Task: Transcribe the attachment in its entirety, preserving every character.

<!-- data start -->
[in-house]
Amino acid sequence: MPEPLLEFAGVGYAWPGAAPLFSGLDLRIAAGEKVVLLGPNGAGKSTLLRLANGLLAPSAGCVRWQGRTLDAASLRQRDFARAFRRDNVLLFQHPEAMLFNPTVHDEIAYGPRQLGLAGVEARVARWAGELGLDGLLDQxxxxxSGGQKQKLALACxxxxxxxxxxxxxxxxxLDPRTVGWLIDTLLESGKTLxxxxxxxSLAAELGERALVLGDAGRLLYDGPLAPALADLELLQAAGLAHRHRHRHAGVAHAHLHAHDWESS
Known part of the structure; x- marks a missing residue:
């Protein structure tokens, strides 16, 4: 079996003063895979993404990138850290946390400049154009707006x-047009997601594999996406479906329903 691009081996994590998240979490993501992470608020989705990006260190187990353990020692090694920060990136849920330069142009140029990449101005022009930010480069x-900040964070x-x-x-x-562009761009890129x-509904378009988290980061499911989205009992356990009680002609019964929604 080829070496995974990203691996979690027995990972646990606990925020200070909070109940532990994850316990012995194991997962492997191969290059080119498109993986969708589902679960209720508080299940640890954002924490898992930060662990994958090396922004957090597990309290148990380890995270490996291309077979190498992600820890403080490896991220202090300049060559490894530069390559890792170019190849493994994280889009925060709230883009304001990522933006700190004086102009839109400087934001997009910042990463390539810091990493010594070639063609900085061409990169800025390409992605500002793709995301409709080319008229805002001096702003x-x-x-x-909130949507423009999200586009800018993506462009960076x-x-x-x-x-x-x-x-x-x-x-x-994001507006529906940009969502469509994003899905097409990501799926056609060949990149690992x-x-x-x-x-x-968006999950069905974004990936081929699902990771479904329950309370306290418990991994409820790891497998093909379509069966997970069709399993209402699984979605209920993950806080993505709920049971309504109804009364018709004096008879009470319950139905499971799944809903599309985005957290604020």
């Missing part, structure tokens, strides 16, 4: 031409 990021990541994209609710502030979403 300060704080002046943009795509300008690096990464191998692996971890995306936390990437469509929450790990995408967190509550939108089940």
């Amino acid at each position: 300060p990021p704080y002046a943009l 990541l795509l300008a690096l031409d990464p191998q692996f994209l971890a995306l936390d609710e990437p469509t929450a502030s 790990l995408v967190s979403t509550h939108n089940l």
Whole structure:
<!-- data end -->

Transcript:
[in-house]
Amino acid sequence: MPEPLLEFAGVGYAWPGAAPLFSGLDLRIAAGEKVVLLGPNGAGKSTLLRLANGLLAPSAGCVRWQGRTLDAASLRQRDFARAFRRDNVLLFQHPEAMLFNPTVHDEIAYGPRQLGLAGVEARVARWAGELGLDGLLDQxxxxxSGGQKQKLALACxxxxxxxxxxxxxxxxxLDPRTVGWLIDTLLESGKTLxxxxxxxSLAAELGERALVLGDAGRLLYDGPLAPALADLELLQAAGLAHRHRHRHAGVAHAHLHAHDWESS
Known part of the structure; x- marks a missing residue:
């Protein structure tokens, strides 16, 4: 079996003063895979993404990138850290946390400049154009707006x-047009997601594999996406479906329903 691009081996994590998240979490993501992470608020989705990006260190187990353990020692090694920060990136849920330069142009140029990449101005022009930010480069x-900040964070x-x-x-x-562009761009890129x-509904378009988290980061499911989205009992356990009680002609019964929604 080829070496995974990203691996979690027995990972646990606990925020200070909070109940532990994850316990012995194991997962492997191969290059080119498109993986969708589902679960209720508080299940640890954002924490898992930060662990994958090396922004957090597990309290148990380890995270490996291309077979190498992600820890403080490896991220202090300049060559490894530069390559890792170019190849493994994280889009925060709230883009304001990522933006700190004086102009839109400087934001997009910042990463390539810091990493010594070639063609900085061409990169800025390409992605500002793709995301409709080319008229805002001096702003x-x-x-x-909130949507423009999200586009800018993506462009960076x-x-x-x-x-x-x-x-x-x-x-x-994001507006529906940009969502469509994003899905097409990501799926056609060949990149690992x-x-x-x-x-x-968006999950069905974004990936081929699902990771479904329950309370306290418990991994409820790891497998093909379509069966997970069709399993209402699984979605209920993950806080993505709920049971309504109804009364018709004096008879009470319950139905499971799944809903599309985005957290604020």
């Missing part, structure tokens, strides 16, 4: 031409 990021990541994209609710502030979403 300060704080002046943009795509300008690096990464191998692996971890995306936390990437469509929450790990995408967190509550939108089940």
């Amino acid at each position: 300060p990021p704080y002046a943009l 990541l795509l300008a690096l031409d990464p191998q692996f994209l971890a995306l936390d609710e990437p469509t929450a502030s 790990l995408v967190s979403t509550h939108n089940l």
Whole structure: